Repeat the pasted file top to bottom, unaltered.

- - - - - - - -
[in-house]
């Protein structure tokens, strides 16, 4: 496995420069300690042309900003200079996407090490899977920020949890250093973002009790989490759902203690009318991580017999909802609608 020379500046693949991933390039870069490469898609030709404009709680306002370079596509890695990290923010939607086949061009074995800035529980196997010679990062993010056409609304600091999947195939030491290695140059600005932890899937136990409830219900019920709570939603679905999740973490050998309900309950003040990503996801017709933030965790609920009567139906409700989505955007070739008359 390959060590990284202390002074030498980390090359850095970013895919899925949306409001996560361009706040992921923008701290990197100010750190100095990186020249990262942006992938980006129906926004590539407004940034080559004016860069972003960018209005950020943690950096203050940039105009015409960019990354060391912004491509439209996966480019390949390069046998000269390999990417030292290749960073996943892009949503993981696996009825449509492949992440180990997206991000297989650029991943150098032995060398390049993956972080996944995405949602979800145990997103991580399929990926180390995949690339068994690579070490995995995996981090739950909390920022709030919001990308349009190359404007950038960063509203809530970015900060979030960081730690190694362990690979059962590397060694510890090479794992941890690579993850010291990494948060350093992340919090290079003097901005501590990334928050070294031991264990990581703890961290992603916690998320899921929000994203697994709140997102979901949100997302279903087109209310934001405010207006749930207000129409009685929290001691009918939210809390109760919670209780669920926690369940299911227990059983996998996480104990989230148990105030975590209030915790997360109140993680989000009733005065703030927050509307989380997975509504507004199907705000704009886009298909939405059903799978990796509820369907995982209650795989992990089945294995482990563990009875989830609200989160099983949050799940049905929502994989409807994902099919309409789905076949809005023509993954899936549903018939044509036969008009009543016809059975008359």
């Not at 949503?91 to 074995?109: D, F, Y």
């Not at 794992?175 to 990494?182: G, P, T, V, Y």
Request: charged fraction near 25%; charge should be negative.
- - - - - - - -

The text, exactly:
[in-house]
């Protein structure tokens, strides 16, 4: 496995420069300690042309900003200079996407090490899977920020949890250093973002009790989490759902203690009318991580017999909802609608 020379500046693949991933390039870069490469898609030709404009709680306002370079596509890695990290923010939607086949061009074995800035529980196997010679990062993010056409609304600091999947195939030491290695140059600005932890899937136990409830219900019920709570939603679905999740973490050998309900309950003040990503996801017709933030965790609920009567139906409700989505955007070739008359 390959060590990284202390002074030498980390090359850095970013895919899925949306409001996560361009706040992921923008701290990197100010750190100095990186020249990262942006992938980006129906926004590539407004940034080559004016860069972003960018209005950020943690950096203050940039105009015409960019990354060391912004491509439209996966480019390949390069046998000269390999990417030292290749960073996943892009949503993981696996009825449509492949992440180990997206991000297989650029991943150098032995060398390049993956972080996944995405949602979800145990997103991580399929990926180390995949690339068994690579070490995995995996981090739950909390920022709030919001990308349009190359404007950038960063509203809530970015900060979030960081730690190694362990690979059962590397060694510890090479794992941890690579993850010291990494948060350093992340919090290079003097901005501590990334928050070294031991264990990581703890961290992603916690998320899921929000994203697994709140997102979901949100997302279903087109209310934001405010207006749930207000129409009685929290001691009918939210809390109760919670209780669920926690369940299911227990059983996998996480104990989230148990105030975590209030915790997360109140993680989000009733005065703030927050509307989380997975509504507004199907705000704009886009298909939405059903799978990796509820369907995982209650795989992990089945294995482990563990009875989830609200989160099983949050799940049905929502994989409807994902099919309409789905076949809005023509993954899936549903018939044509036969008009009543016809059975008359």
């Not at 949503?91 to 074995?109: D, F, Y």
């Not at 794992?175 to 990494?182: G, P, T, V, Y």
Request: charged fraction near 25%; charge should be negative.